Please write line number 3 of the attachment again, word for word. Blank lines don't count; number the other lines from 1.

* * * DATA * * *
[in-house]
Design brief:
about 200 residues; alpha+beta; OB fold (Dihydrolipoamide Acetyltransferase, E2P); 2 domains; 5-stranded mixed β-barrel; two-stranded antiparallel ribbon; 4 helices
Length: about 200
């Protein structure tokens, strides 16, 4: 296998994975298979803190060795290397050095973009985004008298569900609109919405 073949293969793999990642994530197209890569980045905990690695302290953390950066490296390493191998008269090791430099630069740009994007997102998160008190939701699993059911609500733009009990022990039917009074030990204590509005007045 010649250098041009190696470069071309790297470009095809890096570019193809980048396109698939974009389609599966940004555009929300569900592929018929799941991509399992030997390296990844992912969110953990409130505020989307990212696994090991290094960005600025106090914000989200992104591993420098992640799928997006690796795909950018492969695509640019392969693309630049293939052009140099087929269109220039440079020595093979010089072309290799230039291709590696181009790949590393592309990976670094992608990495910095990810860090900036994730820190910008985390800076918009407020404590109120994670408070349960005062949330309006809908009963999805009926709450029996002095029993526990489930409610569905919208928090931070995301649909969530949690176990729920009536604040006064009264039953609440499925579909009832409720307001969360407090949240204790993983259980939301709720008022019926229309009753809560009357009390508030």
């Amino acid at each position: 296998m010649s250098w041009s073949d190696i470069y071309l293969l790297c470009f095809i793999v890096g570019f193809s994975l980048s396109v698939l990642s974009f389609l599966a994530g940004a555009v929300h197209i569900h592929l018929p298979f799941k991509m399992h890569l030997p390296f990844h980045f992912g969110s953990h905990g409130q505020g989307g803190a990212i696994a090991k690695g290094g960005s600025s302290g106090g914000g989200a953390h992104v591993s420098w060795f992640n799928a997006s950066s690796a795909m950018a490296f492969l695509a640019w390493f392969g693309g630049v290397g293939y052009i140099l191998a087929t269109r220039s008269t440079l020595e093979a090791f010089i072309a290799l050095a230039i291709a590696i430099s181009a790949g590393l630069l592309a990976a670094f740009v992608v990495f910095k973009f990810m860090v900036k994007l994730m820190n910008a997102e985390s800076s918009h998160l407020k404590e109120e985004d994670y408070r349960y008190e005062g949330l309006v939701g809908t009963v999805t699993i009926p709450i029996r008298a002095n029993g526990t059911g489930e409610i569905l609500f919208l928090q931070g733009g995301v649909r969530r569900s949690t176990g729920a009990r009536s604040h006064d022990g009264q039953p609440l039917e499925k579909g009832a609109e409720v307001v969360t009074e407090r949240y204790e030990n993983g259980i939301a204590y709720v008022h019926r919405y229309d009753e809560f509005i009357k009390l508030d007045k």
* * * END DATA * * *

about 200 residues; alpha+beta; OB fold (Dihydrolipoamide Acetyltransferase, E2P); 2 domains; 5-stranded mixed β-barrel; two-stranded antiparallel ribbon; 4 helices